John Esposito Named Chairman of T.J. Martell Foundation as Organization Rebuilds From Financial Scandal: Exclusive
The T.J. Martell Foundation for Cancer Research, which is in the midst of rebuilding after the organization’s former executive vp/GM Melissa Goodwin was found to have embezzled $4 million from the music industry-supported charity, has named Warner Music Group chairman emeritus John “Espo” Esposito the new chairman of the board of trustees.
“We got the double whammy of the COVID pandemic and somebody being a bad actor,” says Esposito, who stepped down as chairman/CEO of Warner Music Nashville on Dec. 31 and wanted to devote some of his newfound time to good works. “I felt qualified with my knowledge of the organization and passion for them to do what I could to help get us back on track.”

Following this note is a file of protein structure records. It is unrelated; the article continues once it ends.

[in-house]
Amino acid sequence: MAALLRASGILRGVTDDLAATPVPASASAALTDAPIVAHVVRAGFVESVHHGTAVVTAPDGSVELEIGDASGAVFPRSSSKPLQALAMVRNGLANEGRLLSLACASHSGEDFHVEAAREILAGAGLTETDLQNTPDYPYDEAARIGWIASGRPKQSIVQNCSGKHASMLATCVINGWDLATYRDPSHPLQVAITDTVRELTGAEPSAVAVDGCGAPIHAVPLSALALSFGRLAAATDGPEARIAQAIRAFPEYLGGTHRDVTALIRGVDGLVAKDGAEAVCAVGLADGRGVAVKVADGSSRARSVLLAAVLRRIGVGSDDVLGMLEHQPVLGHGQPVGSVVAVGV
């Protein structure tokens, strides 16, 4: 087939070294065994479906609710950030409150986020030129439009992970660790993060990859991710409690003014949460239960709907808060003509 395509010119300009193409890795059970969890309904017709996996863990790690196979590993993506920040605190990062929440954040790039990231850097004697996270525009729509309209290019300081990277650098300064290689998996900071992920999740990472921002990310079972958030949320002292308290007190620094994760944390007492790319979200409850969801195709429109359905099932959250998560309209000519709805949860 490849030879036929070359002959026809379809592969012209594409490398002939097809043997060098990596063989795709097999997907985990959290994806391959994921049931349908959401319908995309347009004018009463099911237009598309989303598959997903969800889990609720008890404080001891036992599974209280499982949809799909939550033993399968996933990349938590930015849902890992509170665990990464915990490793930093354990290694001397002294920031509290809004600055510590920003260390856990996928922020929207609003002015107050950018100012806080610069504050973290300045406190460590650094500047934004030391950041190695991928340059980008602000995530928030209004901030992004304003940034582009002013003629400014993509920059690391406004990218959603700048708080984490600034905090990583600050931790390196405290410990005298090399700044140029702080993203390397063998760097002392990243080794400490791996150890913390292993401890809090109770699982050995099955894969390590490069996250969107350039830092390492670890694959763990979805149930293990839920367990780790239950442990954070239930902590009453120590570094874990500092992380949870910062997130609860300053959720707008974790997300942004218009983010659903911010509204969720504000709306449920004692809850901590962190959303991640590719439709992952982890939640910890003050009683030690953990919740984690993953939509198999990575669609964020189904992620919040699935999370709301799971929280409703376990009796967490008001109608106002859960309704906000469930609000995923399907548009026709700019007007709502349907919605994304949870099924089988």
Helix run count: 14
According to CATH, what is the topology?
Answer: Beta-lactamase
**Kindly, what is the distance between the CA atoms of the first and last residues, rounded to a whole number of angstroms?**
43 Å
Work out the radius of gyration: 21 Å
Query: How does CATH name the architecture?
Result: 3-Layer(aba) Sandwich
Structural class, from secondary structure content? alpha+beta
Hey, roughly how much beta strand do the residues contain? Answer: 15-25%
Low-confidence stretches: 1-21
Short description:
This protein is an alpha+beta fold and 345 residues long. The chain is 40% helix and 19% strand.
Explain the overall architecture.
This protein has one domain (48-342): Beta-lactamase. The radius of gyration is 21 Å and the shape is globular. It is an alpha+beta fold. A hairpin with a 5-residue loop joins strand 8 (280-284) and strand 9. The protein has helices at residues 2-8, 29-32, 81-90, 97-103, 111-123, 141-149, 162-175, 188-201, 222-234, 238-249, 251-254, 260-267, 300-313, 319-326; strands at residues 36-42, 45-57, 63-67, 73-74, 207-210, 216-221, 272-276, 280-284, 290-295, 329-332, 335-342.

Esposito’s initial term is for two years. He succeeds Universal Music Group general counsel and executive vp Jeffrey Harleston, who will now serve as executive chairman.
Esposito, who has served as a T.J. Martell Foundation trustee since 2006 but has supported the organization since 1997, adds, “Obviously, I’m not going to do that single-handedly, but I felt like I could use my leadership skills to help us in so many ways.”
Former consultant Lynn-Anne Huck, who took over as acting CEO in 2020 after initially conducting the review that unearthed Goodwin’s improprieties, is now the permanent CEO of the Nashville-based organization.